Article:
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This is the soundtrack album to the film „Song from the Forest“, which tells the story of Louis Sarno, an American who has lived for thirty years among the Bayaka pygmies in the Central African Republic. No outsider has had such access to this beautiful and musical culture, and this selection of the best of his recordings presents the sounds of this amazing people and their environment with a depth and richness never heard before.



SONG FROM THE FOREST: THE FILM /// Premieres in Germany: Showtimes
As a young man, the American Louis Sarno heard a song on the radio that gripped his imagination. He followed the mysterious sounds all the way to the Central African rainforest and found their source with the Bayaka Pygmies, a tribe of hunters and gatherers. He never left.


Today, twenty-five years later, Louis Sarno has recorded over 1,500 hours of unique Bayaka music. He is a fully accepted member of Bayaka society and has a son, Samedi. Once, when Samedi was a baby, he became seriously ill and Louis feared for his life. He held his son in his arms through a frightful night and made him a promise: “If you get through this, one day I’ll show you the world I come from.”


Now the time has come to fulfill his promise, and Louis travels with Samedi, age 13, from the African rainforest to another jungle, one of concrete, glass, and asphalt: New York City. Together they meet Louis’ family and old friends, including his closest friend from college, Jim Jarmusch.


Carried by the contrasts between rainforest and urban America, with a fascinating soundtrack and peaceful, loving imagery, their stories are interwoven to form a touching portrait of an extraordinary man and his son.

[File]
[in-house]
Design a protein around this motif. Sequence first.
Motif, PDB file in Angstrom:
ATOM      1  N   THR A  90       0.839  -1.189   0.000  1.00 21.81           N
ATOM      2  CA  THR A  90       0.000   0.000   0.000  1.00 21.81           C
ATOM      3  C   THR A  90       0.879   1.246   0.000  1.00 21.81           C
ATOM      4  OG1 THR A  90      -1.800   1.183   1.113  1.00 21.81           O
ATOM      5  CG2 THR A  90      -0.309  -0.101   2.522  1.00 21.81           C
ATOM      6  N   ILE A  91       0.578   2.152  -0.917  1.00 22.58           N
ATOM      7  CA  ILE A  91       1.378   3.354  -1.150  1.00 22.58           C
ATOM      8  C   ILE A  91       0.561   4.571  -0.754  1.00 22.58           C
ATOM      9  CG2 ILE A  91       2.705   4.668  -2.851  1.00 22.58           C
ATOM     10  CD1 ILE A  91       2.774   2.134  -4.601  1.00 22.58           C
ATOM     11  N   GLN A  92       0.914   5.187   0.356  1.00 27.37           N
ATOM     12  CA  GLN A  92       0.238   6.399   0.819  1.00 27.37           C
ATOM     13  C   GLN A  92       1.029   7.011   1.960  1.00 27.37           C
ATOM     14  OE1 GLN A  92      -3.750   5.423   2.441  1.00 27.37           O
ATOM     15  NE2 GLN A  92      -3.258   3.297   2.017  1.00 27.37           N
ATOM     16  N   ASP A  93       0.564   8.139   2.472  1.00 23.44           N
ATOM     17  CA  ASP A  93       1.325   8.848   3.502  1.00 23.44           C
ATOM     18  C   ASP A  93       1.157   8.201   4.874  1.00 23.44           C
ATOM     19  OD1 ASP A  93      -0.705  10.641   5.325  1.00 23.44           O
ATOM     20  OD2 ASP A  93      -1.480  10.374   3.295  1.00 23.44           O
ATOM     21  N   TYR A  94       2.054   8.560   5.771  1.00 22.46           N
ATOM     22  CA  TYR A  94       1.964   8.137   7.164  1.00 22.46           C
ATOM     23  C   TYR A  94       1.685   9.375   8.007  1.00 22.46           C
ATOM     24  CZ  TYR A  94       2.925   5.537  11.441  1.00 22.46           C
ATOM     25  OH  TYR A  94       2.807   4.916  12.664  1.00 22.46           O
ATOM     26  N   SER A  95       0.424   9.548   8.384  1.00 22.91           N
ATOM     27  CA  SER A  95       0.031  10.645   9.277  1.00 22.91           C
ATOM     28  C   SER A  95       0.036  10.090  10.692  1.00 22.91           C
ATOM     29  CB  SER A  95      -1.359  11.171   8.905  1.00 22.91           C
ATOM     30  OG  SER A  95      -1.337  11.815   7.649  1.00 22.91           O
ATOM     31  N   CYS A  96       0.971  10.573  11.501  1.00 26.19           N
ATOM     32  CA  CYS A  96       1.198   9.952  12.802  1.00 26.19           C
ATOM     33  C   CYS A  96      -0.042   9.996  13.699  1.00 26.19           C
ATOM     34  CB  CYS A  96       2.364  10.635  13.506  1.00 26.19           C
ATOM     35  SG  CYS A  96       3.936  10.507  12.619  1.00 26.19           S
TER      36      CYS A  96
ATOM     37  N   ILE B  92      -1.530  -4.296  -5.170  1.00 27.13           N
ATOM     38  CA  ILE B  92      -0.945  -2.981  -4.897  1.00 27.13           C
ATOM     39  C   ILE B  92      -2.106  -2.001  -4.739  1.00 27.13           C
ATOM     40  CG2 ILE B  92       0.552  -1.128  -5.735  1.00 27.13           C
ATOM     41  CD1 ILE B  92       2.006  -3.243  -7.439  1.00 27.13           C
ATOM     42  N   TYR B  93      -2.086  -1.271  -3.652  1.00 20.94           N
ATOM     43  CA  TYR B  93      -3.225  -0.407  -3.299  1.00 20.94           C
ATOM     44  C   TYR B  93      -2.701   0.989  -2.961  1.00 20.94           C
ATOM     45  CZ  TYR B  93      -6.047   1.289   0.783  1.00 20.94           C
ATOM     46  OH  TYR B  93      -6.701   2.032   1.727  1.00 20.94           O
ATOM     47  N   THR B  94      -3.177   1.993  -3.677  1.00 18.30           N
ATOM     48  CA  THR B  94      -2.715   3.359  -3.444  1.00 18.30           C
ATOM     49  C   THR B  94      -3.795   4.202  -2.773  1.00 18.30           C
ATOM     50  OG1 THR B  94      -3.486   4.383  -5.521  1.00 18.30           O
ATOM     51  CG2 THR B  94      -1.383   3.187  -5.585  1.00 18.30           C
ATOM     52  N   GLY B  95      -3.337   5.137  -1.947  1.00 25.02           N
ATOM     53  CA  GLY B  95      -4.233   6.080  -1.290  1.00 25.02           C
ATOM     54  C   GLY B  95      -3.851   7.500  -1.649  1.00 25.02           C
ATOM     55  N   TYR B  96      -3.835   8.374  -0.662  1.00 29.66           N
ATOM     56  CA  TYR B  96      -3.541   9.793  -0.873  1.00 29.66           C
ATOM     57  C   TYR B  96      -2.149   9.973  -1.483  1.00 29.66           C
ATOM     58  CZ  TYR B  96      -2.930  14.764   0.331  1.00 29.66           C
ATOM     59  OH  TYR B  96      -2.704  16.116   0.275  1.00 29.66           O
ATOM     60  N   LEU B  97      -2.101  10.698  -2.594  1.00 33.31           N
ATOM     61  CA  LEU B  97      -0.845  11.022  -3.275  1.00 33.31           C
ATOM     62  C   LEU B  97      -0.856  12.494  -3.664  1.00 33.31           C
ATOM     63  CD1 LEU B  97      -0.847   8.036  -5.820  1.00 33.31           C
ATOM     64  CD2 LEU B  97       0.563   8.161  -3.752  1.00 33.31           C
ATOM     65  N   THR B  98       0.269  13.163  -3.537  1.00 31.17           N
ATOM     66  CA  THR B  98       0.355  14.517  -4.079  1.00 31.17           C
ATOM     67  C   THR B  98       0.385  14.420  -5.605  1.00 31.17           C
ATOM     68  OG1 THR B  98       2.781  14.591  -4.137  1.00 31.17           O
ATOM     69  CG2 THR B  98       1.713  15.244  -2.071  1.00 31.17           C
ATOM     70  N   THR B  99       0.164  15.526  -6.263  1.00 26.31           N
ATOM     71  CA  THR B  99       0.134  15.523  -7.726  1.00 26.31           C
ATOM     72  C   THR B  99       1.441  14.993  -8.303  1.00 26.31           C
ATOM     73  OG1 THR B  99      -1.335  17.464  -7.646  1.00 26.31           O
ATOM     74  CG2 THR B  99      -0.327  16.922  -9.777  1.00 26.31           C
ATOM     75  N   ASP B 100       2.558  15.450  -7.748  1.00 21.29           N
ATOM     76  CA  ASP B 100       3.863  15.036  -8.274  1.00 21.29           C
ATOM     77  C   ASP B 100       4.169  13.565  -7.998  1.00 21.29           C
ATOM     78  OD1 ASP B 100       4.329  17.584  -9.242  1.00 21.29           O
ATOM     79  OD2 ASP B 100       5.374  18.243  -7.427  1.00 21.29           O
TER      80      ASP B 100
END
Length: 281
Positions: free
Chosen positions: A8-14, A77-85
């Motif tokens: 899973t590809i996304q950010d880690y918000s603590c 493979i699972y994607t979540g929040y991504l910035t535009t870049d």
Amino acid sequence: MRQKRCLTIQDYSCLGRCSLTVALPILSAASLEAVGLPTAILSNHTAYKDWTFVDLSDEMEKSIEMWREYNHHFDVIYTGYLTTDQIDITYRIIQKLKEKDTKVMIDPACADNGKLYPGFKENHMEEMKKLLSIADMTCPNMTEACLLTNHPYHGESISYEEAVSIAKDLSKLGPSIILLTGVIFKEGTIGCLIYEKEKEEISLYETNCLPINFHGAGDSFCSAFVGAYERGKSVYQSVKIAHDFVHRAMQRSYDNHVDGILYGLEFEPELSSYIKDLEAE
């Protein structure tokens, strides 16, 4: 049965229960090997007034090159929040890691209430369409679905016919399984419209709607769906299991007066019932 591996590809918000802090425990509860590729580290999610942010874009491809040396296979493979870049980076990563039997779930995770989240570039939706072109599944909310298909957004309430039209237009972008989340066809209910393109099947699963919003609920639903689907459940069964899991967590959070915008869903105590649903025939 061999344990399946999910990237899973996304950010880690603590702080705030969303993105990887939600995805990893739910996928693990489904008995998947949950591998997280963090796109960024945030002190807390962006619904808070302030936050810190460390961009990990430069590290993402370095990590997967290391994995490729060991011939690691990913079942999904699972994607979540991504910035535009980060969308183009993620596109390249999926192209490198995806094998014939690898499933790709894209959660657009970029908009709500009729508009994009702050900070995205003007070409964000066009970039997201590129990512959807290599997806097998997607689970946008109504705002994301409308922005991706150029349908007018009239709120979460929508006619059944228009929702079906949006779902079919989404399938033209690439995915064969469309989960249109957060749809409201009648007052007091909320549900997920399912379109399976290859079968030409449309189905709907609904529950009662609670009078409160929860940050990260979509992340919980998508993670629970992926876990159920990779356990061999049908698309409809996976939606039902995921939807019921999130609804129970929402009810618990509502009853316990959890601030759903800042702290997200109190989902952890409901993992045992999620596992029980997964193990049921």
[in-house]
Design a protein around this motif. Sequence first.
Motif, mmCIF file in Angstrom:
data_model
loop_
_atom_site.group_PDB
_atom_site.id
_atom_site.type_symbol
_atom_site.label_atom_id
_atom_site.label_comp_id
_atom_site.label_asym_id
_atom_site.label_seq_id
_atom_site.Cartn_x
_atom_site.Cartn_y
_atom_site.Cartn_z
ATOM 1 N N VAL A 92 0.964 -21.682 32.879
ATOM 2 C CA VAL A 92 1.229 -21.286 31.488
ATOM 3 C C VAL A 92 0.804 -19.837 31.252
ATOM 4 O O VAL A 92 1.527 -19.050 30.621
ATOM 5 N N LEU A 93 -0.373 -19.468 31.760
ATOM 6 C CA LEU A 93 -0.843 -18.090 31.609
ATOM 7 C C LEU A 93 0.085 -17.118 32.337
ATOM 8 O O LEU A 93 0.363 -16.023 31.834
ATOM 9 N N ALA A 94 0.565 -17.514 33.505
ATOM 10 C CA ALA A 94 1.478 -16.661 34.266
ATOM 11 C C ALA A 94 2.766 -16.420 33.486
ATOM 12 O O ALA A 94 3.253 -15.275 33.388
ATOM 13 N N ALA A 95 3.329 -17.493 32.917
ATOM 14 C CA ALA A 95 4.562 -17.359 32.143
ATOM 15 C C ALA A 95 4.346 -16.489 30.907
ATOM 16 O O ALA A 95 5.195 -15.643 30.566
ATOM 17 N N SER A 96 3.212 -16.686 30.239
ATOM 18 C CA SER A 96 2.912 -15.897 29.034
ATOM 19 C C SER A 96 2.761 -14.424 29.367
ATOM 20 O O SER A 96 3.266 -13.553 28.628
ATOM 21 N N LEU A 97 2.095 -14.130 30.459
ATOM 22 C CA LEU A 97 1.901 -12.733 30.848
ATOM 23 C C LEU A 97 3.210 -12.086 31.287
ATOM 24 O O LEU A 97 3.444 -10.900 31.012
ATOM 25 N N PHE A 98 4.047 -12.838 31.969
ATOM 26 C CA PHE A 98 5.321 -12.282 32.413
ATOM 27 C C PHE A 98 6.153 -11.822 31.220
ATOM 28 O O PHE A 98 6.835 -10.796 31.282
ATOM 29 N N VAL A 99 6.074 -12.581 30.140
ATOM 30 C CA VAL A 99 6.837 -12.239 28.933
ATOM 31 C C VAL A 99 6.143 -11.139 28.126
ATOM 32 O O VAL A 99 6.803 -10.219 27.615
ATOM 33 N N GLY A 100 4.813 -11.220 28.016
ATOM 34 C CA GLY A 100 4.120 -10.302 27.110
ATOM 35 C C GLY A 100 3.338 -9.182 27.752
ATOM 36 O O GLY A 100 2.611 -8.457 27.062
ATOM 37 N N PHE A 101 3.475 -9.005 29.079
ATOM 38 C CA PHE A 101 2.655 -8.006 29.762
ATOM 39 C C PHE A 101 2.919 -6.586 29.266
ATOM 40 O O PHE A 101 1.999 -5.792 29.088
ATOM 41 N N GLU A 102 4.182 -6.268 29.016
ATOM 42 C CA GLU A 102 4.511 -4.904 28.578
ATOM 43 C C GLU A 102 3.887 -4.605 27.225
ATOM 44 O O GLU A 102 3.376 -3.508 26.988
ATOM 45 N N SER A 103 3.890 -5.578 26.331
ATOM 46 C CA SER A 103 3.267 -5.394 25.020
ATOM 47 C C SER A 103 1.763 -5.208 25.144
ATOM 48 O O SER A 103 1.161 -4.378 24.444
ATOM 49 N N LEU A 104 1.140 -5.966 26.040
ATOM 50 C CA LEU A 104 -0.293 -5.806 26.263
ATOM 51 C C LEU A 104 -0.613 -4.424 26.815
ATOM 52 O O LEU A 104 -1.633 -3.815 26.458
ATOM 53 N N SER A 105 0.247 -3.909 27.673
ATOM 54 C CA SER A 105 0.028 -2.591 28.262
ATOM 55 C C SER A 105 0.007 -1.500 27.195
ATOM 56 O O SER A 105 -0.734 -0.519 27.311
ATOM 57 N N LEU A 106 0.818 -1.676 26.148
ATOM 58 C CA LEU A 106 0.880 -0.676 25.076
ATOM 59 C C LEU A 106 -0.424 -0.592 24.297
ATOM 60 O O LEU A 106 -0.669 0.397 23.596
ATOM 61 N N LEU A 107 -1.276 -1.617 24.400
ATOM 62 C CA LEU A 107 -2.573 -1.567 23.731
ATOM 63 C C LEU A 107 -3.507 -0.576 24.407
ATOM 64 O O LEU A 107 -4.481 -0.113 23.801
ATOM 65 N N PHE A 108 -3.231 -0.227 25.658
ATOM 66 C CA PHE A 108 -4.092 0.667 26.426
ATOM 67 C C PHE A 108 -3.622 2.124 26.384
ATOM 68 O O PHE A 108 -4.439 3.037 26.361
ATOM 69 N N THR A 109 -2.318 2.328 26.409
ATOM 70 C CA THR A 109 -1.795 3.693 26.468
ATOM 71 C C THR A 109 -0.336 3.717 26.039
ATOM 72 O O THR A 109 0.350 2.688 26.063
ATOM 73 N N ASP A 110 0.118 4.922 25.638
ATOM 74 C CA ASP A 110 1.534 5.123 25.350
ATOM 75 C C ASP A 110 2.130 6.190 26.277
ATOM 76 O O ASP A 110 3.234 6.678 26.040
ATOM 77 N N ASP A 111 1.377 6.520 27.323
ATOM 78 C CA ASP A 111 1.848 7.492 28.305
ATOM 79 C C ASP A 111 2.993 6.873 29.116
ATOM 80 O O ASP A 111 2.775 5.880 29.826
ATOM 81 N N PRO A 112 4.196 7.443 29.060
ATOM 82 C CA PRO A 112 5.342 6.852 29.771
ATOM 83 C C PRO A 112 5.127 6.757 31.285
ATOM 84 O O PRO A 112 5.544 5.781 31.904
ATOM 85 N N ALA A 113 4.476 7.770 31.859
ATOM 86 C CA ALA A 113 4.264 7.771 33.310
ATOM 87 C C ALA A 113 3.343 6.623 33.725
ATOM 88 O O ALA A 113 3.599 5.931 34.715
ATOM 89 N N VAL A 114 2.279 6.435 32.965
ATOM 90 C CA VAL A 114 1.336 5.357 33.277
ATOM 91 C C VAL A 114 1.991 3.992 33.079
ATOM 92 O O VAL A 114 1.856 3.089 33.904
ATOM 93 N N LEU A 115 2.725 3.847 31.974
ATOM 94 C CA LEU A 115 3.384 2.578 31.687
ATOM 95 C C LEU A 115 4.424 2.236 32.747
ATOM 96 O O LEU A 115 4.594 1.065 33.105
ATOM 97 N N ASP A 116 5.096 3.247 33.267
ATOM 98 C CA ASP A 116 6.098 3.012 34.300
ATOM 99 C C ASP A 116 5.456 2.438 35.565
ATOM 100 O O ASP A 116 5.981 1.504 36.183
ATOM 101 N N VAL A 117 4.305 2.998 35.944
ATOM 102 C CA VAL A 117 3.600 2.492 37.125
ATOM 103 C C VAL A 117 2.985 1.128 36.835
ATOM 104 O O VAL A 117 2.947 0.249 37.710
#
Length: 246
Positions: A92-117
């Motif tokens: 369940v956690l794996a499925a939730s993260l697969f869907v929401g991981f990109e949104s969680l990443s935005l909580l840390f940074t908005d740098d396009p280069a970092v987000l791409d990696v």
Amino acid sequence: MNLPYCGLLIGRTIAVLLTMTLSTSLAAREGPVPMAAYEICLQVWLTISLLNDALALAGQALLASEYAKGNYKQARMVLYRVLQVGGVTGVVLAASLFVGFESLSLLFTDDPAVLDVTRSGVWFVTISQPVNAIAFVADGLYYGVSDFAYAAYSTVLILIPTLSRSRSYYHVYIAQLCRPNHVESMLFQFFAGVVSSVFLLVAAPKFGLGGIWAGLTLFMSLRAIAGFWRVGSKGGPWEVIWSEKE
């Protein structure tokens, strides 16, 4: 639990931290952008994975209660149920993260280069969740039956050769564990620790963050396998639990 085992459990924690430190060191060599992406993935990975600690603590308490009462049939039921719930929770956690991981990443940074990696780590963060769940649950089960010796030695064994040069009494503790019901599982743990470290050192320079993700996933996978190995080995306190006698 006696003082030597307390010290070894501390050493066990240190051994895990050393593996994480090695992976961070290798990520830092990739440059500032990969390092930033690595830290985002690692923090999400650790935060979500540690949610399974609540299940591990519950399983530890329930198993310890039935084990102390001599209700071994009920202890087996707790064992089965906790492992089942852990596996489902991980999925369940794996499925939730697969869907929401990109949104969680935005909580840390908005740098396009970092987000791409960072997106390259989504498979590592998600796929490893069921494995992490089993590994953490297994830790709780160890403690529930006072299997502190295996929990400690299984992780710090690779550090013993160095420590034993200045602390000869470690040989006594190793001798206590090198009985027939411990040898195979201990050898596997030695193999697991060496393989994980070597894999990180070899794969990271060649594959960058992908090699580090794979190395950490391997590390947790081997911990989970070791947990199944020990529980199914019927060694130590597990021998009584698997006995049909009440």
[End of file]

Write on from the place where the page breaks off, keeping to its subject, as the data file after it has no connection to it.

A modern epic set between rainforest and skyscrapers.



In the fall of 2009, I was traveling in the Congo River Basin when by chance I heard tales of a white man who was said to have lived for decades in the rainforest with a tribe of huntergatherers called the Bayaka Pygmies, for decades. I went to look for him. A few days later, I was standing in a clearing when Bayaka came running at me from all directions, brandishing spears and screaming. Suddenly, the noise ceased, and a tall figure detached itself from the undergrowth: a white man, two heads taller than everybody else, a Bayaka baby in each of his arms. Before me stood a legend: a lost, forgotten man, reborn in the Central African jungle. A man who once ate tadpoles for a month, who married a Bayaka woman, who survived malaria, hepatitis, typhoid, leprosy, and has recorded more than 1500 hours of unique Bayaka music. Before me stood the musical Herodotus of the Central African forests, the white Bayaka—Louis Sarno.